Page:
1.25  FG1  1.2806  1.2831  1.2523  1.2380  1.2373 
FG2  1.2806  1.2771  1.2556  1.2587  1.2607  
1.5  FG1  1.3873  1.3964  1.3562  1.3319  1.3323 
FG2  1.3873  1.3848  1.3559  1.3596  1.3609  
1.75  FG1  1.5046  1.5216  1.4711  1.4417  1.4381 
FG2  1.5046  1.5037  1.4676  1.4708  1.4726  
2  FG1  1.6333  1.6571  1.5959  1.5600  1.5519 
FG2  1.6333  1.6311  1.5887  1.5913  1.5924 
Effects of various values of volume fractions k on ratio of nonlinear frequency to linear frequency and amplitude for the cylindrical shell with radii of curvature equal to 2a/_{ Rx } = k _{1} = 0.2 and 2a/_{ Ry } = k _{2} = 0, made of FG1 and FG2 materials, are shown in Table 5.

FGM  k = 0  k = 1  k = 4  k = 6  k = 10 

0.25  FG1  1.0143  1.0145  1.0113  1.0122  1.0119 
FG2  1.0143  1.0141  1.0132  1.0131  1.0131  
0.5  FG1  1.0553  1.0563  1.0492  1.0472  1.0461 
FG2  1.0553  1.0546  1.0510  1.0507  1.0509  
0.75  FG1  1.1197  1.1224  1.1075  1.1030  1.1004 
FG2  1.1197  1.1183  1.1106  1.1098  1.1103  
1  FG1  1.2033  1.2096  1.1854  1.1773  1.1724 
FG2  1.2033  1.2017  1.1888  1.1873  1.1881  
1.25  FG1  1.3029  1.3145  1.2800  1.2674  1.2594 
FG2  1.3029  1.3013  1.2825  1.2802  1.2812  
1.5  FG1  1.4151  1.4336  1.3884  1.3707  1.3591 
FG2  1.4151  1.4141  1.3889  1.3856  1.3867  
1.75  FG1  1.5372  1.5640  1.5079  1.4847  1.4689 
FG2  1.5372  1.5374  1.5055  1.5012  1.5022  
2  FG1  1.6672  1.7032  1.6363  1.6073  1.5871 
FG2  1.6672  1.6689  1.6303  1.6247  1.6258 
The related backbone curves for spherical and cylindrical shell, made of FG1 material are presented in Fig. 5. and Fig. 6, respectively.
A comparison of the backbone curves for cylindrical and spherical clamped panels for two kinds of materials is presented in Fig. 7 (volume fraction index k = 4).
Figure 8 shows the effect of the index k on the ratio of nonlinear to linear frequency. It can be seen that for materials FG1 this ratio increases to k = 1, and then it decreases to k = 6. However, if k > 6 then the ratio again increases. The same behavior is characteristic for the cylindrical shell made of material FG1 (see Table 5). But if the panels are made from materials FG2, then the ratio _{ ωN } /_{ ωL } increases to k = 6, and then it slowly begins to increase (see Tables 4, 5).
The carried out analysis of the backbone curves for the shells under consideration shows that these curves are sufficiently close to each other. However, the values of the nonlinear frequencies depend substantially on the volume fraction index k. Effects of volume fraction index k on the nonlinear frequencies of the clamped spherical and cylindrical shells are shown in Figure 9 and 10, respectively.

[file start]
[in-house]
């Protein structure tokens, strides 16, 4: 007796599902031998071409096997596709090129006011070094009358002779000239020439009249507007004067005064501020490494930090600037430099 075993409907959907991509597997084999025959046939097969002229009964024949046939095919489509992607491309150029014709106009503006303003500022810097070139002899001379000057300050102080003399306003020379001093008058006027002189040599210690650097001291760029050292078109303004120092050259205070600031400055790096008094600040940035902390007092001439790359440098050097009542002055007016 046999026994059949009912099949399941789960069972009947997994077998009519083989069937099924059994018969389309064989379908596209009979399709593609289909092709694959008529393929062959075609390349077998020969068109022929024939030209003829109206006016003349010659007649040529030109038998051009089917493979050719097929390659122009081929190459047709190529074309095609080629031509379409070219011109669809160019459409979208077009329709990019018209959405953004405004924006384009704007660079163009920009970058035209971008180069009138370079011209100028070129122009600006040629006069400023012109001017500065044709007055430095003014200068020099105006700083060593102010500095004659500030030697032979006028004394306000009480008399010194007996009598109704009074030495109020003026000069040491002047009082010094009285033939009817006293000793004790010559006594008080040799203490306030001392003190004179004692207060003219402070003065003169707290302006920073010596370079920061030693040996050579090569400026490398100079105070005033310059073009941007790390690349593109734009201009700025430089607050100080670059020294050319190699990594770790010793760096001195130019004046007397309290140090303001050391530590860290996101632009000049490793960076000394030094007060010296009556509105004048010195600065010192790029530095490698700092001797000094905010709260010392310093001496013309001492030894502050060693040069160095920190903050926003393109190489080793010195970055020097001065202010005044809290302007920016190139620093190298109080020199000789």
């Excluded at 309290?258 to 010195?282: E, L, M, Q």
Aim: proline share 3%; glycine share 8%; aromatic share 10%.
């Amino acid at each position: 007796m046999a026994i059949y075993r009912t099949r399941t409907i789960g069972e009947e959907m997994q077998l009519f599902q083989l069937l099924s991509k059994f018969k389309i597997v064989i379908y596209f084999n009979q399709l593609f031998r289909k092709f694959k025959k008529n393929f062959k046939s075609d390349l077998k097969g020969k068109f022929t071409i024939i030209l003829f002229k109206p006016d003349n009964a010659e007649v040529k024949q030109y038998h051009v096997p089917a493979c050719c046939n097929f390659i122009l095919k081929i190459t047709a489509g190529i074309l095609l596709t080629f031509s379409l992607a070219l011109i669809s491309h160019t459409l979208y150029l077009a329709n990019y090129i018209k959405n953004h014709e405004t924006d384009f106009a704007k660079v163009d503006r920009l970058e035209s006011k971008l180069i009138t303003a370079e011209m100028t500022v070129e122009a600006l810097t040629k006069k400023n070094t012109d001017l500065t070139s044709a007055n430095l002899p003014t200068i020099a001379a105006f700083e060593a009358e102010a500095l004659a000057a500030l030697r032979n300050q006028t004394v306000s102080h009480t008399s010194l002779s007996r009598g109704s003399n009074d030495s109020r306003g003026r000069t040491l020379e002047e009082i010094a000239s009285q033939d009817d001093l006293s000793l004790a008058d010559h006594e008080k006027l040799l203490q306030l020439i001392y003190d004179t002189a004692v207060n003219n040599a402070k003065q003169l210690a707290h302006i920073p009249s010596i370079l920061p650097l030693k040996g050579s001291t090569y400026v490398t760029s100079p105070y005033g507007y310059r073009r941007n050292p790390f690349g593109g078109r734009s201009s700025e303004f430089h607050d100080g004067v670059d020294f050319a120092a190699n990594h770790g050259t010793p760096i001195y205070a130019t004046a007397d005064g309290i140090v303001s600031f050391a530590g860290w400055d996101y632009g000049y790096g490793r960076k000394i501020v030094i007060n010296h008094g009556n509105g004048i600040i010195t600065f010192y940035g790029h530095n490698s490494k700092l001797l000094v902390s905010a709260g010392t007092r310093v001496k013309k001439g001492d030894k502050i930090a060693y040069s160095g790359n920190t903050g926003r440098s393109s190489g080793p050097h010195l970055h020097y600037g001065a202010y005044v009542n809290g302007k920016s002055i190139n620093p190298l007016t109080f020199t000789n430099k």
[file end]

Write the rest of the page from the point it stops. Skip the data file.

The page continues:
It should be emphasized that the panels with the highest values of nonlinear frequencies are made of pure ceramics.
The phase planes of the spherical and cylindrical considered shells for different initial conditions are shown in Figures 11 and 12, respectively.
The proposed approach has allowed for a detailed analysis of the clamped cylindrical and spherical panels with the planforms shown in Fig. 1 being made of two kinds of FGM. It should be mentioned that owing to employment of the Rfunctions theory, we can easily pass from one geometric form to another and hence to investigate different boundary conditions of the shell using the same developed software. Our research shows that it is important that the desired solution to linear auxiliary tasks is presented in an analytical form. This is a significant factor that should be taken into account while using the presented approach to solve nonlinear problems.
5 CONCLUSIONS
This paper proposes a method of investigation of geometrically nonlinear free vibrations of functionally graded shallow shells of a complex planform. The method is based on the theory of the Rfunctions, Ritz variational method, BubnovGalerkin procedure, and RungeKutta method. The tests conducted for shells of square and elliptical planforms have proved the reliability and effectiveness of the presented method. Graphical and numerical results are obtained for shells having complicated shapes. In the future, the developed method is planned to be implemented into a multimode approximation.